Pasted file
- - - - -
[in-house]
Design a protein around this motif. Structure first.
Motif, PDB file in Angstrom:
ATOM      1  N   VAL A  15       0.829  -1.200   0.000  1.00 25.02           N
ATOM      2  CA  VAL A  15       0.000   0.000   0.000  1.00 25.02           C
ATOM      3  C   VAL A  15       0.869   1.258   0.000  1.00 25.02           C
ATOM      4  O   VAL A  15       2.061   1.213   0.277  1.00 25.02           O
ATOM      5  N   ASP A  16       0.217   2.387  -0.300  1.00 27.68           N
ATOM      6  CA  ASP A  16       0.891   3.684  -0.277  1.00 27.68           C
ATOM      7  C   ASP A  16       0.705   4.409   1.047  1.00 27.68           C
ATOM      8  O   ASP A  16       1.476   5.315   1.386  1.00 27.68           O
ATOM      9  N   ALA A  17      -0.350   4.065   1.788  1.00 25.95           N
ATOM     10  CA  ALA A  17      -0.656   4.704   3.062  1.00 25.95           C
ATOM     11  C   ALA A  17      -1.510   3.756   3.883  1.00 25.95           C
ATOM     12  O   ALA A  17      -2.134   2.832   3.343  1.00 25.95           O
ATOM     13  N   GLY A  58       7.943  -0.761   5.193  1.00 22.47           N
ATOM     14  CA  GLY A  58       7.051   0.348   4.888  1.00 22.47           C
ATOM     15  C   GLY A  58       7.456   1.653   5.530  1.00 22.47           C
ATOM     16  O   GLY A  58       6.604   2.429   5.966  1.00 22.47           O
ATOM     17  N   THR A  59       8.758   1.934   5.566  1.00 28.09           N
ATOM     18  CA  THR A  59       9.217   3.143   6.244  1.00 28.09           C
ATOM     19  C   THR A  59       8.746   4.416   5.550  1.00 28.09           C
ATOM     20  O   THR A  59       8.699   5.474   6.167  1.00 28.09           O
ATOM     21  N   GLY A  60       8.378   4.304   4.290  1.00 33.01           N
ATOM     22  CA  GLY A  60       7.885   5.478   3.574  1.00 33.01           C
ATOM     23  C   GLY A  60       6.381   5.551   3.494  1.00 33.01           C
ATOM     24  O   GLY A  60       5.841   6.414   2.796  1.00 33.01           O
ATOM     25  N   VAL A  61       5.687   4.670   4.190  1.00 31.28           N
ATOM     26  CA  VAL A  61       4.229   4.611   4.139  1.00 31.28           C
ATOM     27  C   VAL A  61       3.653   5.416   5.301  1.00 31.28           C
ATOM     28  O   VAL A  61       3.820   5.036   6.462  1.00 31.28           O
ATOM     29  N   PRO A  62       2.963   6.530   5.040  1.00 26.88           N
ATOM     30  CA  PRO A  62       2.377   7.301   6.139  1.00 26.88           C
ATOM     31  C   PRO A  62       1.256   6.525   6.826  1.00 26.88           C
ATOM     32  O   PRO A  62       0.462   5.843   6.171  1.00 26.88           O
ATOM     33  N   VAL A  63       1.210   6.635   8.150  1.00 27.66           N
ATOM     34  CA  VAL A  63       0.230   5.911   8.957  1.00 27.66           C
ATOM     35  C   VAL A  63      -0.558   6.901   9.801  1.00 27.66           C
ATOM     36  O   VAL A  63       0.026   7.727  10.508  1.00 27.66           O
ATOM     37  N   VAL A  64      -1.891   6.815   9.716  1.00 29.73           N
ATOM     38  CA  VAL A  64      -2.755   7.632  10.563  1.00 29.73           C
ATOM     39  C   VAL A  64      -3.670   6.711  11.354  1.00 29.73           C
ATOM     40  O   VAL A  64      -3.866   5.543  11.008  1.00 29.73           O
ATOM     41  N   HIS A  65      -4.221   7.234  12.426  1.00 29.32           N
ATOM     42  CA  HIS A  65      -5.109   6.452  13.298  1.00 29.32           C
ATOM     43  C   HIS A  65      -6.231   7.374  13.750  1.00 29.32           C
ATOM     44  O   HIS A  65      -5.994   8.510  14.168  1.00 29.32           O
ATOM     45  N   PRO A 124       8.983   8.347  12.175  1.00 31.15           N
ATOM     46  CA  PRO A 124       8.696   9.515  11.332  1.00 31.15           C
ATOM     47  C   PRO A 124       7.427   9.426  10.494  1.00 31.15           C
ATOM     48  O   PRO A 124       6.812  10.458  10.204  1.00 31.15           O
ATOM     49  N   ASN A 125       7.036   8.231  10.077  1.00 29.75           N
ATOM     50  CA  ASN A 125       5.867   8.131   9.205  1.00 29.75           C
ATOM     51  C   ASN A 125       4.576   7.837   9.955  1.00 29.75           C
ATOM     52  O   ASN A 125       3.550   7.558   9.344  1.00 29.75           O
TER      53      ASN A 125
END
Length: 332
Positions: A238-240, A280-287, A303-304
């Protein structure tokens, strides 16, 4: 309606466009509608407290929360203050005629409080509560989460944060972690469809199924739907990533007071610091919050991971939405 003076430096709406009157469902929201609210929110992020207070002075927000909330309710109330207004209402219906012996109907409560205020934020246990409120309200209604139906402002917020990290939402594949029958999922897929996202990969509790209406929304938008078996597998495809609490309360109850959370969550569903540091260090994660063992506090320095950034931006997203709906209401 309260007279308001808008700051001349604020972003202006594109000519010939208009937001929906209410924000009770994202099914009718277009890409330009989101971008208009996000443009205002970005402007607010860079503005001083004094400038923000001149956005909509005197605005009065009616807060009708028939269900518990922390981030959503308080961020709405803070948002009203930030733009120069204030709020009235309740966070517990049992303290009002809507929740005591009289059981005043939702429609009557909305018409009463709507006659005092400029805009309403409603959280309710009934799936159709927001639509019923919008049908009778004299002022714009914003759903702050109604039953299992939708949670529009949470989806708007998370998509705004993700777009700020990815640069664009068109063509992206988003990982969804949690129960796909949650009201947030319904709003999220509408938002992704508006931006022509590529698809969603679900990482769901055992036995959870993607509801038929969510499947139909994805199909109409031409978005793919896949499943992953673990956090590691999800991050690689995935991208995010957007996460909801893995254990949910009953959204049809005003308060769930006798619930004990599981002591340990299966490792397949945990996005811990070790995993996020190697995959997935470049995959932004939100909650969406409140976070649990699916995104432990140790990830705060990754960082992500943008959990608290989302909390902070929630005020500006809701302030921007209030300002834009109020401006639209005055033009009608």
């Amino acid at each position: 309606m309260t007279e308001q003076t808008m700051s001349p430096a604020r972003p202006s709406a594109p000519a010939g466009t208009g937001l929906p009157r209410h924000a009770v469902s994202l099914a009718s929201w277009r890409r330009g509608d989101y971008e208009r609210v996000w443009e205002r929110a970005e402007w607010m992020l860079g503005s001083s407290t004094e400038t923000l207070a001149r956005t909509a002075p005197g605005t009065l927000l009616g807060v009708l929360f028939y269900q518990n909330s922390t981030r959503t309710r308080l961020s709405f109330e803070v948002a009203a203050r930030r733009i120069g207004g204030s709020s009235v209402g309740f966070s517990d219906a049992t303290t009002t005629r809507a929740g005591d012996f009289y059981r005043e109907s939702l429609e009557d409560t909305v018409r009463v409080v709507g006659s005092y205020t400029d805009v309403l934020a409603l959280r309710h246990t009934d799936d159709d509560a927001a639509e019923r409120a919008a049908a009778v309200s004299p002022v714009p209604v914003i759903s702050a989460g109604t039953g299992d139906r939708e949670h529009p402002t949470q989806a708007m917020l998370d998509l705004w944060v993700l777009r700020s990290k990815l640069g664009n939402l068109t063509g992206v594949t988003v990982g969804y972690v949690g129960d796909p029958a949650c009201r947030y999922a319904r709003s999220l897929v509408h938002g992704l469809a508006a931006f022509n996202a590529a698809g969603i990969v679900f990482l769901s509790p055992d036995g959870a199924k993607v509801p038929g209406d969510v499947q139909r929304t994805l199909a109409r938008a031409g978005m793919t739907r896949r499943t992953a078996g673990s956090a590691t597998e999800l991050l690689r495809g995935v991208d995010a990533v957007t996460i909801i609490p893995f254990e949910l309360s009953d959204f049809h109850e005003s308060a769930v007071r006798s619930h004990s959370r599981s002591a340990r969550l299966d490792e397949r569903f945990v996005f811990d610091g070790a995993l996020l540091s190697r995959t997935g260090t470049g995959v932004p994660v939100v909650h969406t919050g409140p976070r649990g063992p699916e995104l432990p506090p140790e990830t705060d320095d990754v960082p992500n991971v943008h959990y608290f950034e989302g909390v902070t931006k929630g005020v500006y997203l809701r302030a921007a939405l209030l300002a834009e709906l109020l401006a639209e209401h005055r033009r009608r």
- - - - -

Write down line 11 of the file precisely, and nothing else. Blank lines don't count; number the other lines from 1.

ATOM      8  O   ASP A  16       1.476   5.315   1.386  1.00 27.68           O